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Employee mental health on the up for 2023

Nearly three quarters (70%) of employers believe employee mental health will improve in 2023, according to research from Koa Health.

A majority (77%) of employers said workers are using mental health benefits more than they were at the beginning of the year.

Nearly all (93%) companies are now offering mental health benefits of some kind, while a further 44% said they plan to openly and visibly practise mental wellbeing habits in the workplace in the new year. 

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Vicky Walker, group director of people at Westfield Health, said financial wellbeing should be a top priority for employers going into the new year. 

Speaking to HR magazine, she said: “With the cost of living crisis set continue in 2023, financial wellbeing needs to be top of HR teams' agendas. Personal finances can be a complicated and emotive topic, so businesses can help by signposting employees to dedicated providers and tools where they can get specialist financial support.

"Mental health first aiders should also have updated training to make sure they’re ready to signpost those with financial worries to helpful resources.

“It's not just about the initiatives you put in place, it’s about making sure people are aware of them and that the wellbeing support you’ve invested in reaches the team members who really need it. As the people closest to their team members, managers are often best placed to spot when someone is struggling and to highlight what support is available."

Almost two thirds (60%) of businesses agreed personal financial concerns have a significant negative impact on employee mental health, closely followed by workplace culture (52%), which includes work environment, workload, flexible hours and relationships with managers.

Training for managers could be valuable for improving employee mental health, Walker added.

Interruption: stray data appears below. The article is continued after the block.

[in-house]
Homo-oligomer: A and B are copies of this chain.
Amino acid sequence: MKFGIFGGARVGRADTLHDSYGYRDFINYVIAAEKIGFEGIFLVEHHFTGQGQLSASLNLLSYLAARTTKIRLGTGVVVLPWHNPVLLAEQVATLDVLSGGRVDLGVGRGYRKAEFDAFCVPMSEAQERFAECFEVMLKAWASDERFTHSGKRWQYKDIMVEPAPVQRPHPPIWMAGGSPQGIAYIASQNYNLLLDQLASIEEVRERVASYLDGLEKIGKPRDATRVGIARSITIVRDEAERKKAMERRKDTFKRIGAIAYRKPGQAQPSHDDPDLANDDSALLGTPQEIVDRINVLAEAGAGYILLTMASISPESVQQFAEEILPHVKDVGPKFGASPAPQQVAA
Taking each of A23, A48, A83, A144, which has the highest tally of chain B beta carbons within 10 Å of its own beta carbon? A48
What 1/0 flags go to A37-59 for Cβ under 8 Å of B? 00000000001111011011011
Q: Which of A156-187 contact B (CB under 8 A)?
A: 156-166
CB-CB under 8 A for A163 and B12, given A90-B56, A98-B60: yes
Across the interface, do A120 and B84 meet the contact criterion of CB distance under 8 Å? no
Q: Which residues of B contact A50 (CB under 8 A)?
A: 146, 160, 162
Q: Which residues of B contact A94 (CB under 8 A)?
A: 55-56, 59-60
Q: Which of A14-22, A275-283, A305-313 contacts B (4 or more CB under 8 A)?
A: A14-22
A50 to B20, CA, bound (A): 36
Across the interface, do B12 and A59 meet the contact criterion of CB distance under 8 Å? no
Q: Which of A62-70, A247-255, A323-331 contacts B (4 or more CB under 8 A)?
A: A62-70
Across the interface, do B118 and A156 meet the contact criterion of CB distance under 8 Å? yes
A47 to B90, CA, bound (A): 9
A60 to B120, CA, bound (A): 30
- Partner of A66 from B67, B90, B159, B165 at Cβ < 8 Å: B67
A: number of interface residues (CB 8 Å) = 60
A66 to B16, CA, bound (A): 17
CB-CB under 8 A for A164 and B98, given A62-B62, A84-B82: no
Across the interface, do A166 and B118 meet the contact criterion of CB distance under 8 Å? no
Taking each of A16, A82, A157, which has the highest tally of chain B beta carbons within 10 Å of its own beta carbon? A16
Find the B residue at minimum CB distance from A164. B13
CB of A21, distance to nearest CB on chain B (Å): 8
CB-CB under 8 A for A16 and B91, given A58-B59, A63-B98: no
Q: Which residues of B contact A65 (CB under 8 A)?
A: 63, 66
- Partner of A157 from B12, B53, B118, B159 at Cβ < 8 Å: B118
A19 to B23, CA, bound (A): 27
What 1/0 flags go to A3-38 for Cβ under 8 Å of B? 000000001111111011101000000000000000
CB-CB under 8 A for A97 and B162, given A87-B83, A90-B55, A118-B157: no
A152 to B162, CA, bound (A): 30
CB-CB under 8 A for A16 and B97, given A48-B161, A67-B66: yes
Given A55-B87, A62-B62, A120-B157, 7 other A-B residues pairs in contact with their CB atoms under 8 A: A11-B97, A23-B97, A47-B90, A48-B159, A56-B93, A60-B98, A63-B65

She said: "Knowing how to talk about wellbeing with team members can be hard, and it’s important it’s done in a positive, supportive way. Providing line manager training on watching out for wellbeing red flags and how to have sensitive, productive conversations with their team is a great investment in 2023 to ensure that all team members have someone they can turn to, and any wellbeing issues are being spotted and supported early."

Data from the Health and Safety Executive (HSE) published in November 2022 showed the UK lost 17 million working days to work-related stress, depression or anxiety in 2021/22.

Jennifer Gendron, global chief commercial officer at Koa Health, said HR leaders need to make sure they're well-equipped.

She told HR magazine: "I think companies will significantly elevate and strengthen their mental health strategies next year. While it’s positive to see that more businesses plan to be open about mental health in the workplace, it’s imperative that HR leaders have a structured plan on how to ensure all of their unique populations have preventative tools to support mental wellbeing and the ability to get help when they need it most.

"In a global survey of 40,000 people, the Mental Health Million Project revealed that more than half of people experiencing mental health challenges won’t seek traditional care, citing preference for self-help and distrust of the healthcare system. Evidence-based digital solutions are a great way to provide more low-friction and accessible and adjustable mental health support in the moment of need."

Koa Health surveyed 250 senior HR managers in the UK in November 2022.